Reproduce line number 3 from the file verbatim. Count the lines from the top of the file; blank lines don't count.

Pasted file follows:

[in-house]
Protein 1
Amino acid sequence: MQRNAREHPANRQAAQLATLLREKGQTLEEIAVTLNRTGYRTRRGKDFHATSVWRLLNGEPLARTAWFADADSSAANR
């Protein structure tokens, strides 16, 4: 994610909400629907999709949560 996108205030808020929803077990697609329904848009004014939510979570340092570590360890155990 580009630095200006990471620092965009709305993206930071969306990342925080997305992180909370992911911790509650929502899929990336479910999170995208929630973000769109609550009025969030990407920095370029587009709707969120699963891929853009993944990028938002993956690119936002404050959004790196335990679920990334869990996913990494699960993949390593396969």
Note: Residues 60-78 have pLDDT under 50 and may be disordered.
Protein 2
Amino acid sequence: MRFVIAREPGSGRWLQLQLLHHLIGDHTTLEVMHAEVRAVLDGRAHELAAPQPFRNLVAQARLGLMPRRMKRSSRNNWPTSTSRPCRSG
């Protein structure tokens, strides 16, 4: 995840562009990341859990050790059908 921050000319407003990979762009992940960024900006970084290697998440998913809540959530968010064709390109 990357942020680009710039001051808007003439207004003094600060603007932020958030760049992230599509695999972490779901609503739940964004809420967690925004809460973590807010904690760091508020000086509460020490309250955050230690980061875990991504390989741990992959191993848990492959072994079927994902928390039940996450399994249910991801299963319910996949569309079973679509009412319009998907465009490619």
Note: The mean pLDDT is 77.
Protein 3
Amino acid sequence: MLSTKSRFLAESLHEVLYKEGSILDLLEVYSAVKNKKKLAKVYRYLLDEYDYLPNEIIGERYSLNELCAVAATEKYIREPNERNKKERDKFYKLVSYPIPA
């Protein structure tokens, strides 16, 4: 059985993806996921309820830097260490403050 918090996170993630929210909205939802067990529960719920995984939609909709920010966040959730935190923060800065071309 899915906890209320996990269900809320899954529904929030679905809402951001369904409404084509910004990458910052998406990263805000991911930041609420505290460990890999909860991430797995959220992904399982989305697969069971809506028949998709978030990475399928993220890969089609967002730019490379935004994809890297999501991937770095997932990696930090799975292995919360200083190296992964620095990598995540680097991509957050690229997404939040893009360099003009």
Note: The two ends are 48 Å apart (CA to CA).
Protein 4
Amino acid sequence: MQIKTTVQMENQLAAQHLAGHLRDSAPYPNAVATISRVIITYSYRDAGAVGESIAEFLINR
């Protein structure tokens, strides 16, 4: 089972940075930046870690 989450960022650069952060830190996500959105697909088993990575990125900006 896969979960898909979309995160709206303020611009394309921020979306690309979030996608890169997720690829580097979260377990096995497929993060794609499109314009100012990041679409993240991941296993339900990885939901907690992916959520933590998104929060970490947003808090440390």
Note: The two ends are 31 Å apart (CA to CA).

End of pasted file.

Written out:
Amino acid sequence: MQRNAREHPANRQAAQLATLLREKGQTLEEIAVTLNRTGYRTRRGKDFHATSVWRLLNGEPLARTAWFADADSSAANR